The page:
By Morapedi Sibeko

  • South Africa commemorates Nelson Mandela Month in July and celebrates 30 years of democracy, reflecting on Madiba’s dedication to the rights and dignity of People with Disabilities (PWD).
  • Mandela’s advocacy ensured that discrimination against PWD became illegal in South Africa’s democratic constitution and led to significant legislative and policy developments.
  • The ongoing efforts to support PWD in South Africa build on Mandela’s legacy, highlighting the importance of inclusivity and equality for all citizens.

In July, we celebrate Nelson Mandela Month, a period dedicated to recognising the legacy of one of South Africa’s greatest leaders. This year, South Africa marks 30 years of democracy, a milestone that underscores Nelson Mandela’s lifelong commitment to equality and justice. Known affectionately as Madiba, Mandela championed the rights and dignity of People with Disabilities (PWD), understanding the importance of diversity and the need to support underprivileged communities throughout his life.

From the beginning of his activism, Nelson Mandela demonstrated a deep dedication to the rights and equality of every South African, including those with disabilities. As an advocate for universal human rights, he endorsed the principles of the 1955 Freedom Charter, addressing all forms of prejudice. His early work laid the groundwork for inclusive policies, motivating further efforts in post-apartheid South Africa to protect the rights and equality of individuals with disabilities.

During his administration, Mandela ensured that the rights of PWD were acknowledged and upheld. Under his leadership, the new democratic constitution made discrimination based on disability illegal, providing a crucial legal foundation for inclusivity. In 2000, his administration passed the Promotion of Equality and Prevention of Unfair Discrimination Act, reinforcing the commitment to end discrimination against PWD.

Madiba’s broader campaign against apartheid was rooted in the belief that every person deserved respect and equal opportunities, regardless of their physical or mental abilities. His numerous speeches and publications highlight his dedication to justice and equality for all South Africans, including PWD. Mandela used his global influence to raise awareness about the challenges faced by PWD. In a speech during the International Day of Disabled Persons in Johannesburg in 1997, he stated, “We cannot claim to have accomplished our liberty as long as there are PWD who are unable to take full advantage of the freedoms and liberties granted by our Constitution. We must create a society that offers all South Africans, including PWD, equal opportunity as part of our dedication to freedom and democracy.” His visits to schools and facilities serving PWD, such as his 1996 visit to the Disabled Children’s Action Group, raised awareness about the issues this community faces and emphasised the need for inclusion and societal change.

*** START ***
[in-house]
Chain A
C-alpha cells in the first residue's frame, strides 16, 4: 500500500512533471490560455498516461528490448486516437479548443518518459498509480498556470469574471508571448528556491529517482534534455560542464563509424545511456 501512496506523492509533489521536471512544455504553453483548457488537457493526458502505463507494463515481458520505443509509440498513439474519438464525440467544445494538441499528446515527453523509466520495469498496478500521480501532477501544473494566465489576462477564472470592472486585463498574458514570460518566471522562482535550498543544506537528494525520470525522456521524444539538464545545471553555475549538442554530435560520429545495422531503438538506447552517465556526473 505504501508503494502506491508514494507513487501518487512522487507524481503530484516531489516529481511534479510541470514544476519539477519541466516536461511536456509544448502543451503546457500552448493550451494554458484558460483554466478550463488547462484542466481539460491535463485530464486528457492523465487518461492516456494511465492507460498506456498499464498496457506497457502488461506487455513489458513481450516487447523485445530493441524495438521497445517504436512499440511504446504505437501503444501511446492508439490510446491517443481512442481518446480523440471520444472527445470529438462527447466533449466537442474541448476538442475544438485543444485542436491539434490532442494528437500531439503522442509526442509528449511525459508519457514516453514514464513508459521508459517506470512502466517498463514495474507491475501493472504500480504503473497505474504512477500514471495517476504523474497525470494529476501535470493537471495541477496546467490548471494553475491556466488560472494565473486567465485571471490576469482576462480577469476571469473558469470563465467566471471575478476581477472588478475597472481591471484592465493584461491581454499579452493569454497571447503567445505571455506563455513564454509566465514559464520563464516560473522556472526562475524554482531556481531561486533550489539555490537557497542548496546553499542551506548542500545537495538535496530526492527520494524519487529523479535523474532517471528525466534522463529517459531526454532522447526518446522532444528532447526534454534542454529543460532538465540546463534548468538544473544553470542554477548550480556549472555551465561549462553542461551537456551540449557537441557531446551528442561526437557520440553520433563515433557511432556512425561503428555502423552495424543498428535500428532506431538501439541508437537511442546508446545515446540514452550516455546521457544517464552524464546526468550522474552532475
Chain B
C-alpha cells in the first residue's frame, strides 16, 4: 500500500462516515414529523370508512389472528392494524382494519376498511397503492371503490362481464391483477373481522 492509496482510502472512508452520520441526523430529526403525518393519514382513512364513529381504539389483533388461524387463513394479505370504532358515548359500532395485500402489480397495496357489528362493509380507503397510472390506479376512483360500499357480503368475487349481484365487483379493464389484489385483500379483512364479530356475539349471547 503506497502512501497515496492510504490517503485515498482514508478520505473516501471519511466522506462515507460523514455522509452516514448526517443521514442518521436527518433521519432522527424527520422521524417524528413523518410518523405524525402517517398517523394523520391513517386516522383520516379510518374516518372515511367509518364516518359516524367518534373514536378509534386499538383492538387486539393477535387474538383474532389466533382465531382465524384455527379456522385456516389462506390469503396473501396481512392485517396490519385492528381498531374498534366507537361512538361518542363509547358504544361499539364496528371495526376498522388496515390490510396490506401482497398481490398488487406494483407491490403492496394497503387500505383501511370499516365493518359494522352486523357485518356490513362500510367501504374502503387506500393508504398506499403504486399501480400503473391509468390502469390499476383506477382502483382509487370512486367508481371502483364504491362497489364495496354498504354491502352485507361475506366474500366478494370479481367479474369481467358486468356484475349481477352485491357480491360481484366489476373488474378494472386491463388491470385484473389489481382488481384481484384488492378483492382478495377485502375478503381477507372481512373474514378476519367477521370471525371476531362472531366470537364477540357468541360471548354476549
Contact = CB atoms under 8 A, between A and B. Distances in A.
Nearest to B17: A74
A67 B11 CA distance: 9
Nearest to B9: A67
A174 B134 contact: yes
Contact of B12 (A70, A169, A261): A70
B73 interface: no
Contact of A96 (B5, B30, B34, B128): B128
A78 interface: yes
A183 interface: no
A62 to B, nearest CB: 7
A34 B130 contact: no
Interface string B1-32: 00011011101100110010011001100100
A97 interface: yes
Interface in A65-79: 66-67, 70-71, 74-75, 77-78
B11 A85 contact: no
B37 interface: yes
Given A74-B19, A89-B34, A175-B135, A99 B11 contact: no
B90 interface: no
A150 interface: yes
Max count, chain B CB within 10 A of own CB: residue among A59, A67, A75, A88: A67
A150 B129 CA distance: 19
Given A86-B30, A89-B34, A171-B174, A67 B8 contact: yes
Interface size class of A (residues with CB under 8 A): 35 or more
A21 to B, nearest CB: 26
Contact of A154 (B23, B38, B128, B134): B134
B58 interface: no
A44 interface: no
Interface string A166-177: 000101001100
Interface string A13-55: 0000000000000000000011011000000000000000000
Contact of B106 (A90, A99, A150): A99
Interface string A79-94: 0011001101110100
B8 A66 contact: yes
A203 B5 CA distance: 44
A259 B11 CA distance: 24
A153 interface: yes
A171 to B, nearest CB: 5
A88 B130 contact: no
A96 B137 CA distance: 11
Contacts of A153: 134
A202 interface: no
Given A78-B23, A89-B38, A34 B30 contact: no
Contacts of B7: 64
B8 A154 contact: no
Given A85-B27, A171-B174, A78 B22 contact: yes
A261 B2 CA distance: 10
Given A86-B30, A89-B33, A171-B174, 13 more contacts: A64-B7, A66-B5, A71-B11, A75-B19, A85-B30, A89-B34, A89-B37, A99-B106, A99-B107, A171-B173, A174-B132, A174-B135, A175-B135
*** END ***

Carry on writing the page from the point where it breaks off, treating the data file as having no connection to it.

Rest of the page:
Examining the changes in government policy over time is crucial to understanding the advancements made in South Africa’s support for PWD. Mr Chris Bame from the Service to People with Disabilities unit highlighted that through the creation and implementation of relevant frameworks, South Africa has made progress in addressing issues and combating discrimination against PWD at legislative, administrative, and policy levels. The country signed the United Nations Convention on the Rights of Persons with Disabilities (UNCRPD) and its Optional Protocol in 2007, and the African Charter on Human and People’s Rights on the Rights of Persons with Disabilities in Africa in 2008, committing to uphold and carry out the rights of PWD. The White Paper on the Rights of Persons with Disabilities, approved by the Cabinet in 2015, nurtures the UNCRPD for all aspects of service delivery by the public sector, including various government departments and nonprofit organisations. This White Paper guides the establishment of sector-specific policies, laws, programs, budgets, and reporting systems throughout the government in compliance with constitutional and global provisions.

Bame pointed out several noteworthy efforts by the Department of Social Development (DSD) to support accessibility and inclusivity for PWD. Since 2012, DSD and the Japan International Cooperation Agency (JICA) have collaborated to create best practice models for PWD, emphasising the empowerment of PWD and government officials about disability mainstreaming within the South African context. This collaboration has led to the development of guidelines on services to PWD for empowerment and disability mainstreaming at the district level, in line with the District Development Model (DDM). Expanding on these initiatives, the project’s 2024–2028 goal now focuses on creating a long-term model for providing community-based respite care services to parents of children with disabilities.

Nelson Mandela’s campaign for the rights of PWD exemplifies his enduring legacy as an advocate of justice and equality. Through his early activism, presidency, and global impact, Mandela consistently emphasised the need to end discrimination and promote diversity. His support for the rights of PWD remains a vibrant example of his ongoing legacy. Mandela’s work set the stage for significant legislative developments and societal shifts that have improved the quality of life for many South Africans with disabilities. As the country celebrates Nelson Mandela Month and 30 years of democracy, it is essential to recognise the achievements thus far and reaffirm the commitment to building a society that truly acknowledges and supports all its members, including PWD.


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